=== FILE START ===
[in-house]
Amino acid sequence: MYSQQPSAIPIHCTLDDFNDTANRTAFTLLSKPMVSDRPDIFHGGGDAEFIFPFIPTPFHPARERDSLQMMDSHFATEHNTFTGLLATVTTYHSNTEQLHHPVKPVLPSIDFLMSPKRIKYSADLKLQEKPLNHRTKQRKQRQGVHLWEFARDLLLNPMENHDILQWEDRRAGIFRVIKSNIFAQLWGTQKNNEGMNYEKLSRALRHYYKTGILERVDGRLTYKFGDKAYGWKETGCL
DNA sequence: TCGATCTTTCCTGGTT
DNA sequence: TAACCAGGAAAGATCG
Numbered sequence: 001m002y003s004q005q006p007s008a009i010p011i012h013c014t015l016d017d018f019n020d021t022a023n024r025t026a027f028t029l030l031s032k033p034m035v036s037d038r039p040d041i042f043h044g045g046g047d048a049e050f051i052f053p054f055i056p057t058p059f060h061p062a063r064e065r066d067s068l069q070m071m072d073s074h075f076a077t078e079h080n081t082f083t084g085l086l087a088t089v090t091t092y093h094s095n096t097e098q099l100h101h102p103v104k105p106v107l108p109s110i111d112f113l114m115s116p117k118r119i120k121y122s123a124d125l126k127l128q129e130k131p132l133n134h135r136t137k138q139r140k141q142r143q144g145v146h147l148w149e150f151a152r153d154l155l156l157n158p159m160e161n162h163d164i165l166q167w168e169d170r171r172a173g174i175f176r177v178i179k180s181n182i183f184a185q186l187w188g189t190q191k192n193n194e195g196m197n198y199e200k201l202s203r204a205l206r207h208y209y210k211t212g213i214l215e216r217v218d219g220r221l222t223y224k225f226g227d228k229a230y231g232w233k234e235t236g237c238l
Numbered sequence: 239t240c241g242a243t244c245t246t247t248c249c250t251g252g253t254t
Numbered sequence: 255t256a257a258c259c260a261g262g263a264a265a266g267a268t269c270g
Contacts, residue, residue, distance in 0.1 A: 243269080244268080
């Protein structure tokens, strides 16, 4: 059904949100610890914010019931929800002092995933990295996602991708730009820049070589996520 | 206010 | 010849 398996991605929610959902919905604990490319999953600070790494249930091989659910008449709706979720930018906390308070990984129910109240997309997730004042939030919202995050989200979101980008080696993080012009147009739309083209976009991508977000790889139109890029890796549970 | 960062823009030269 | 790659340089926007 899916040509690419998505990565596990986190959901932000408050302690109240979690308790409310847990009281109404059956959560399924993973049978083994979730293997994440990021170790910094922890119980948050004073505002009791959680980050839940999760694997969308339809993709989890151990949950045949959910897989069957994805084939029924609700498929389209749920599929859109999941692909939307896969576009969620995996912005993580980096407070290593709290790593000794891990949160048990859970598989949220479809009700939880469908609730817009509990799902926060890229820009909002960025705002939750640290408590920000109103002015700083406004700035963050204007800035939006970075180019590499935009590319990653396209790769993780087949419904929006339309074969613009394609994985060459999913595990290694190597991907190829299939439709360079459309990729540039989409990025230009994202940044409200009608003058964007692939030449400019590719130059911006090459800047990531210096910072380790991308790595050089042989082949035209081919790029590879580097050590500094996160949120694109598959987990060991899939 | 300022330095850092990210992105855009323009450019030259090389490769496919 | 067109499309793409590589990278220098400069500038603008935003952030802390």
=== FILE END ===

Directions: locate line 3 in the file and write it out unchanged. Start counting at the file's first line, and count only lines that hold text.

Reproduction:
DNA sequence: TCGATCTTTCCTGGTT